Monday, May 13, 2013

Television: In Black and White

A new Writers Guild of America report on women and minorities in television offers some encouraging news. In the past 12 years, for example, the number of minority writers has roughly doubled moving from 7.5% of all writing jobs to 15.6%. The biggest increases were in the number  of Asian-American and Latino writers, especially those working in "multicultural dramas."

Similarly, the number of women writers has risen from 25-30% over the past decade, promising, perhaps, but still far less than the 50+% of the population women actually represent. Perhaps this is why, the authors of the report had considered subtitling the report “Pockets of Promise, Minimal Progress.” Overall, the numbers look better—more representative of what our country looks like—but are these numbers truly encouraging?

Is there reason to be optimistic? Let's look closer at some of the numbers: "only 9% of pilots had at least one minority writer attached [to their writing staff] and just 24% of pilots had at least one woman attached, according to the report." Shockingly low, no?

Here is a recent picture (see right) of a panel of Emmy nominated writers. Ask yourself who is represented? Who is not?

And the numbers are even more stark when you behind the camera. According to Think Progress, in an article called "TV Directors get Whiter and More Male," the percentage of episodes of television in the 2011-2012 television season directed by white men rose from 72 percent to 73 percent. White women directed 11 percent of episodes, the same as last year. And women of color and men of color basically traded work: men of color directed 13 percent of episodes, down from 14 percent last year."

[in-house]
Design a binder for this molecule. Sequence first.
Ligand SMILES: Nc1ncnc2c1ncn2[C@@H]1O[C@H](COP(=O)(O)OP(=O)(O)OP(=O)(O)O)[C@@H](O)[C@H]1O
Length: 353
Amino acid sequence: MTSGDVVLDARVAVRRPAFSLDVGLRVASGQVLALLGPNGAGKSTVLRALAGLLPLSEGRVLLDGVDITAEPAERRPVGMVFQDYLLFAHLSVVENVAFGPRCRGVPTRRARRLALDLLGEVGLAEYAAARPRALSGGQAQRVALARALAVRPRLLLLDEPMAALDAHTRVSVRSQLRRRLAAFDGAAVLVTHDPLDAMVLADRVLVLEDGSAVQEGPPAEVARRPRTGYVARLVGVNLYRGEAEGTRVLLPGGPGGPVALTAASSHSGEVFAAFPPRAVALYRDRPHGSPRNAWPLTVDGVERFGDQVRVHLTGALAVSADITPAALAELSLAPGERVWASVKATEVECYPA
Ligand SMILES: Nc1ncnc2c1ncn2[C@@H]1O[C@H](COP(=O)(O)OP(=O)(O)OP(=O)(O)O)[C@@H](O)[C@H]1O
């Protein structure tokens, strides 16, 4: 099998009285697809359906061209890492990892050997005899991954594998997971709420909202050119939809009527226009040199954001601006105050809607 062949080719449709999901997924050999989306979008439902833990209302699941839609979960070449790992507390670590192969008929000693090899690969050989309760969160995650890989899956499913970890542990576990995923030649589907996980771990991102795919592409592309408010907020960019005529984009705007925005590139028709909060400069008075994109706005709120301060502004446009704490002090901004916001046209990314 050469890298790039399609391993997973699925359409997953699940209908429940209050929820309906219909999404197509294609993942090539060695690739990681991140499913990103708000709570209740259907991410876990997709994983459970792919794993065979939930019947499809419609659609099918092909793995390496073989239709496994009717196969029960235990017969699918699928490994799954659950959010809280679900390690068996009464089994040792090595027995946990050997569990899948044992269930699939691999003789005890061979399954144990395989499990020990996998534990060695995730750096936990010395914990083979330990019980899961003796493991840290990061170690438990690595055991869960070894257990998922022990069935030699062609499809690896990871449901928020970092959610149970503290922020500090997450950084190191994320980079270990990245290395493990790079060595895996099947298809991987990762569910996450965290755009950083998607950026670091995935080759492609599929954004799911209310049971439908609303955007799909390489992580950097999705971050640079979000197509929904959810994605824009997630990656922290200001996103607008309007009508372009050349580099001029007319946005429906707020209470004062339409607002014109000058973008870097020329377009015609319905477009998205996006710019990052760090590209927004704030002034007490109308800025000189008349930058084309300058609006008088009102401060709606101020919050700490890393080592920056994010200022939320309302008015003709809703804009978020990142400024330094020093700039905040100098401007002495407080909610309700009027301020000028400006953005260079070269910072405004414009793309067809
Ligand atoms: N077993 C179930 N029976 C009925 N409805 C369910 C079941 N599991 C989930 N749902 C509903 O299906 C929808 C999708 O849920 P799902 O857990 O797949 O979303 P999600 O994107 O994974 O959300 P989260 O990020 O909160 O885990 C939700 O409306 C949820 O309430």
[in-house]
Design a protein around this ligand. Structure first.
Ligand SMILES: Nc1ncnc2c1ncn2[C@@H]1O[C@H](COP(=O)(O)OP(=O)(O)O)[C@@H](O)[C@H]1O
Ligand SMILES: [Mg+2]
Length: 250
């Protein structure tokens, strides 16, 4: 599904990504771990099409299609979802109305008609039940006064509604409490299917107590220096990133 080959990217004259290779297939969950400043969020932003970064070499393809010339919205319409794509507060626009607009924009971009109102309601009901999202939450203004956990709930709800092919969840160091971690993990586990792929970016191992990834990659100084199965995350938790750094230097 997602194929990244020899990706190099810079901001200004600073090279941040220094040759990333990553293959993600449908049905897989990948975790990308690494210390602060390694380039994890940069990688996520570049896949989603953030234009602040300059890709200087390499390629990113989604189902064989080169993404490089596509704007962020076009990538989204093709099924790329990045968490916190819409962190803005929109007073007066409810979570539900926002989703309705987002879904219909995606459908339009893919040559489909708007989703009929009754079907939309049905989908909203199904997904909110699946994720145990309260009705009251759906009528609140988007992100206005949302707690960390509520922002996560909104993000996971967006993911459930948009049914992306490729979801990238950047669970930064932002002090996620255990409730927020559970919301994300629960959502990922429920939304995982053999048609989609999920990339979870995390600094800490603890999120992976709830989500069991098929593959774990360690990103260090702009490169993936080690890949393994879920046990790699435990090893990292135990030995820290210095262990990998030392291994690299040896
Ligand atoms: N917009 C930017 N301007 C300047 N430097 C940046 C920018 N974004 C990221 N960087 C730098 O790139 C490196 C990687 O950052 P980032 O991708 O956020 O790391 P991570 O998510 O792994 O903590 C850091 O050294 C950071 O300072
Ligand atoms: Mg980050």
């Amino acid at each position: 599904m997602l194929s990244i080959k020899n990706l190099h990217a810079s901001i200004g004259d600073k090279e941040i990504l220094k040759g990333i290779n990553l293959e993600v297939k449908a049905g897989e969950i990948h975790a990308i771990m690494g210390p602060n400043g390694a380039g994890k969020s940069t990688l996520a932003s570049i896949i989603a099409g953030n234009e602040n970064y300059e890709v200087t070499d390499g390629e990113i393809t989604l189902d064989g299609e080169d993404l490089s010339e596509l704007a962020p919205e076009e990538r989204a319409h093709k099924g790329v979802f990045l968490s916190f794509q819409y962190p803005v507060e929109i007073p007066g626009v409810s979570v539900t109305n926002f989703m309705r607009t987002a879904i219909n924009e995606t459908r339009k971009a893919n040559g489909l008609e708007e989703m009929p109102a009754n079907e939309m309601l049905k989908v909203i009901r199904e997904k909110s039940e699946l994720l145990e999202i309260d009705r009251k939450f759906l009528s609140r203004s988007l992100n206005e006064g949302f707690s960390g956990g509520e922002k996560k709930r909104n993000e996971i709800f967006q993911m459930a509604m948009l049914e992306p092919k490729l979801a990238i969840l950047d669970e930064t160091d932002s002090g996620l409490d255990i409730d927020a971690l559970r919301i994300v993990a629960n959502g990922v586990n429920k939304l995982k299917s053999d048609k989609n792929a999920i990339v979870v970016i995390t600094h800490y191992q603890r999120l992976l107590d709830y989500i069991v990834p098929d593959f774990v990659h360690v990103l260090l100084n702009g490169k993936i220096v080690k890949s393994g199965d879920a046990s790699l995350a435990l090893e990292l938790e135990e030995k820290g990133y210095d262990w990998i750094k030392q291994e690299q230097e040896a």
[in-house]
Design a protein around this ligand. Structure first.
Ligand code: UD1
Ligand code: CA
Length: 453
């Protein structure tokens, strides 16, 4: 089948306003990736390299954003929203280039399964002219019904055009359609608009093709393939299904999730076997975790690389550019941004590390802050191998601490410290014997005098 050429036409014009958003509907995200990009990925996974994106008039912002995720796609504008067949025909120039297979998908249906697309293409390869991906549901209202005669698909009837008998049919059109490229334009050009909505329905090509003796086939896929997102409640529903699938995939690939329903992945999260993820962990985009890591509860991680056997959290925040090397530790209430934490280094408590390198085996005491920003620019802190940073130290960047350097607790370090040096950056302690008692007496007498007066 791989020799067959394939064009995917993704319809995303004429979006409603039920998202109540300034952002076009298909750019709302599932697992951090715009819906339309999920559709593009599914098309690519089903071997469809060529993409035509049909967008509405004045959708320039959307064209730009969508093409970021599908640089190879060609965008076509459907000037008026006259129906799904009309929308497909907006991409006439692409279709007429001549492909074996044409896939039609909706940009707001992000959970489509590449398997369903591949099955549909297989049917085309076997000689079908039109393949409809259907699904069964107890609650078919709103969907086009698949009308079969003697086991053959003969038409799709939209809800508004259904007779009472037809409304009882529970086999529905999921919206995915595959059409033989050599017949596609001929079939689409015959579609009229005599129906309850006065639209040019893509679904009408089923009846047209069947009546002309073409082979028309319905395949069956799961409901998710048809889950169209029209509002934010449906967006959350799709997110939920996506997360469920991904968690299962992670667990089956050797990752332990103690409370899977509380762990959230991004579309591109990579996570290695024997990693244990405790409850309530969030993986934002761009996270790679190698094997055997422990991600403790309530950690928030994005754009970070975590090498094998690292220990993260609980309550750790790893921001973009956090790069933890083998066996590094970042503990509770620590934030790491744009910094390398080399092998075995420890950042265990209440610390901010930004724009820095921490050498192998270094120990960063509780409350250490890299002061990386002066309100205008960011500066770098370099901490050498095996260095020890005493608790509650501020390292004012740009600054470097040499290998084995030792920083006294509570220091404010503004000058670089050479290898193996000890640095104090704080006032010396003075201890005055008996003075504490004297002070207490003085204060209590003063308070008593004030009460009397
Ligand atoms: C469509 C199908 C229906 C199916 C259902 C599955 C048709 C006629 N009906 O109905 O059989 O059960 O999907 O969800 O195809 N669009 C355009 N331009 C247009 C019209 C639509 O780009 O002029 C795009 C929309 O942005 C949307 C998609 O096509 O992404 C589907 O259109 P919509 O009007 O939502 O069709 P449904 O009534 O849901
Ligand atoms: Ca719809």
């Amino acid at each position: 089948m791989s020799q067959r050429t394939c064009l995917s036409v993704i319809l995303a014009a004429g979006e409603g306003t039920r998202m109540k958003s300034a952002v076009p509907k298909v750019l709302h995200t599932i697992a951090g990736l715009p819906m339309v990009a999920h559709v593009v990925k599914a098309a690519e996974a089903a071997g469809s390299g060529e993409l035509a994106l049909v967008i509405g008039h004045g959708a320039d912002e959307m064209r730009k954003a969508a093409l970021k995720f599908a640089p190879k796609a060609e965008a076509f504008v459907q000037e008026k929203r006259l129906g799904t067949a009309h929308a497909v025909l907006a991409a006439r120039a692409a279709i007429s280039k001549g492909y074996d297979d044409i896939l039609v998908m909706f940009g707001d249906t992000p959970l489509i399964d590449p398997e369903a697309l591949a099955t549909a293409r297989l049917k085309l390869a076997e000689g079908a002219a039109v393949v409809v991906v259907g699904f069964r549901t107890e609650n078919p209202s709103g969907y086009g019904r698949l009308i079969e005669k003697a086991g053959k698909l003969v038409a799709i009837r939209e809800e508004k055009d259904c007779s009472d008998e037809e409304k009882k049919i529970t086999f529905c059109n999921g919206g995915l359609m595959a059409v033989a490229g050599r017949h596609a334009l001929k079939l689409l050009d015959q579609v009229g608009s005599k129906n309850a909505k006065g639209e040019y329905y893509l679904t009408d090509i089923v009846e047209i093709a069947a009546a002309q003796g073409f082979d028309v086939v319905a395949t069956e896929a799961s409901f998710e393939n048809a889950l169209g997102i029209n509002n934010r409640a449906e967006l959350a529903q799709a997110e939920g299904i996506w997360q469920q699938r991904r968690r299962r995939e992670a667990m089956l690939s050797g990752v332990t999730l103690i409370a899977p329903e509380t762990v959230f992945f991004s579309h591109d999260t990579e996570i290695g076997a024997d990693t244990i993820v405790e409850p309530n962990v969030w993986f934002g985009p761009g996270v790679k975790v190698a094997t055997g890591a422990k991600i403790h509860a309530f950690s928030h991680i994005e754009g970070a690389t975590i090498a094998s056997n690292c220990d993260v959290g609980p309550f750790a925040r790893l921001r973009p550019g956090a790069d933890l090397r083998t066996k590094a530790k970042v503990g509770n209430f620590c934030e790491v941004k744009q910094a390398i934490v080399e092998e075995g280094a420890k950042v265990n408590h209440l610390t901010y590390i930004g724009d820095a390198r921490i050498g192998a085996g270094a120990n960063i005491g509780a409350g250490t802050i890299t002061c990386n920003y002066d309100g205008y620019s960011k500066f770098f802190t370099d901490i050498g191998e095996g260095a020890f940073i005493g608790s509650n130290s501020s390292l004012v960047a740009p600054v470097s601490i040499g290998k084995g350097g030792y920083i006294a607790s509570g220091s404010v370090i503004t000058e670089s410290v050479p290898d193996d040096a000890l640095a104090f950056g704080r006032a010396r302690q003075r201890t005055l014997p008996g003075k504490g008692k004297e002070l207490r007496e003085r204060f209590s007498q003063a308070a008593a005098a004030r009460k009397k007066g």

With a disproportionately high percentage of white writers and directors, it perhaps not surprising that news for actors of color is similarly frustrating. Among actors on TV there had been reason to hope in 1998 when Andre Braugher took home a leading-actor Emmy in 1998 for his work on "Homicide: Life on the Street," becoming only the third black actor to win in that category (Bill Cosby and James Earl Jones got there first). But in the last 14 years, there has been only one minority nominee: Braugher again, for the swiftly canceled ABC medical drama, "Gideon's Crossing."

17 comments:

Molly Klare said...

Many do consider America to be a progressive country. However, I don't think these changes are reason to be optimistic. These changes made me think of the changes in support for gay marriage, as now over 81% of people under 30 support gay marriage in contrast to 2004 when only than 32% of people supported it. However, gay marriage is still illegal in the federal government and only 10 states and the District of Columbia allow gay marriage. So what may seem like hope for minorities such as women, African Americans, and homosexuals, is really nothing to be proud of. While support is growing, things are not changing-gay marriage is still illegal and women and African American writers and directors are rare.

Lily Schroeder said...

Though the numbers rise slowly, I am optimistic about the future of women and minorities in screenwriting and production; it will just take time. Many industries, clearly television writing being one, may be slower to change and more insulated because they have been more established and around longer. Take for instance the policies of the Augusta National Golf Club in Augusta, Georgia where the Masters is played. The club admitted its first black members in 1990. Before then, a former policy stressed that all caddies be black. They didn’t admit female members until August 2012. Though it is still mostly white men, it’s a step-by-step process that takes longer to change.

In addition, we see a much more diverse population, compared to the writers in the picture, in newer, younger industries. These industries, such as technology, are less established; therefore, they have fewer barriers.

tally ford said...
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tally ford said...